Dog walkers warned after animals bother livestock

Derbyshire Constabulary

Derbyshire Constabulary

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Dog walkers are urged to be responsible in the Amber Valley countryside after complaints by farmers in the rural area, and a number of sheep being attacked.

Police said there have been numerous calls from around the Heage, Belper, Holbrook and Duffield area over the past few months, and at least three incidents of sheep being injured since March, with the latest reported incident taking place on Wednesday, May 4 at a farm near Milford.

Signs are being put up in the area advising people to keep their dogs on a lead and under control.

PC Andrea Smith of the local Safer Neighbourhood policing team said: “We are really urging dog walkers to adopt a sensible approach when out walking in the countryside and hope that these signs will act as a reminder.

“By law you must control your dog so that it does not disturb farm animals or wildlife and on most areas of open country and common land you must keep your dog on a short lead when near to farm animals.”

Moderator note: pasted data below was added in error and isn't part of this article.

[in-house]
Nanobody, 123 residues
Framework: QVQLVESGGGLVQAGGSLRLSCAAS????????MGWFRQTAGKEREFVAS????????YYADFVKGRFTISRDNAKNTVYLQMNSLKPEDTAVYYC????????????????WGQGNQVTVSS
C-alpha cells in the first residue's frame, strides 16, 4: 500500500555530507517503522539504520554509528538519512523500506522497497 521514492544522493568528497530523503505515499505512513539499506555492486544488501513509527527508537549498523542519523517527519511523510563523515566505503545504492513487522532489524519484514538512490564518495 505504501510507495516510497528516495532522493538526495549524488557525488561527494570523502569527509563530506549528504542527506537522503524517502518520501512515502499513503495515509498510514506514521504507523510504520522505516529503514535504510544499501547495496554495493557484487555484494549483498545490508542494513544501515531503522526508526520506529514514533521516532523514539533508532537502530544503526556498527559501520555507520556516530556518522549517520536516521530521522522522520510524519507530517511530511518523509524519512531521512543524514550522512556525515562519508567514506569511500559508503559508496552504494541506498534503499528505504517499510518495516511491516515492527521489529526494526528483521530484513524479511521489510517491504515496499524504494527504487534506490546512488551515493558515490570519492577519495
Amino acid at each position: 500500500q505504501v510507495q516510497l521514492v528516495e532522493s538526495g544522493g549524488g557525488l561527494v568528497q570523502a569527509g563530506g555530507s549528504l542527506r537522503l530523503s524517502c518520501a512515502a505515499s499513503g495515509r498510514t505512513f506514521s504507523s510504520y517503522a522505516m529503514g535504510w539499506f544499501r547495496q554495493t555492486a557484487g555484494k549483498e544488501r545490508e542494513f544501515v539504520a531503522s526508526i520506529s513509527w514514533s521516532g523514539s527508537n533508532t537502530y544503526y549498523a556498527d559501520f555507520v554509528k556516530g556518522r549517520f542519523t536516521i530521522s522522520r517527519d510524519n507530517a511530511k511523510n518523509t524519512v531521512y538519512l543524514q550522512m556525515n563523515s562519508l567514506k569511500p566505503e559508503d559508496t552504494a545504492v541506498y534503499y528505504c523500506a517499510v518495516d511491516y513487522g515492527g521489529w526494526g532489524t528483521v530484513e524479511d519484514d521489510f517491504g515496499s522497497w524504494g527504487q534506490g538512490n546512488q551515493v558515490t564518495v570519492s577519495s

Dog walkers are advised under the Countryside Code to remember the following guidance:

- Control your dog so that it does not scare or disturb farm animals or wildlife.

- When using open country and common land, you must keep your dog on a short lead between 1 March and 31 July - and all year round near farm animals - and you may not be able to take your dog at all on some areas or at some times.

- You do not have to put your dog on a lead on public paths, as long as it is under close control. But as a general rule, keep your dog on a lead if you cannot rely on its obedience. By law, farmers are entitled to destroy a dog that injures or worries their animals.

- Take particular care that your dog doesn't scare sheep and lambs, or wander where it might disturb birds that nest on the ground and other wildlife.

- If livestock chase you and your dog, it is safer to let your dog off the lead – don’t risk getting hurt trying to protect it.

- Dog fouling is unpleasant and can cause infections, so always clean up after your dog and dispose of it responsibly.

PC Smith added: “We want dog walkers to continue to enjoy the countryside, and if you respect these rules you will help keep the local wildlife, lambs, calves and your own dog safe.”

The Kennel Club offers advice on the countryside code for dog walkers, visit www.thekennelclub, or for the full code visit www.gov.uk.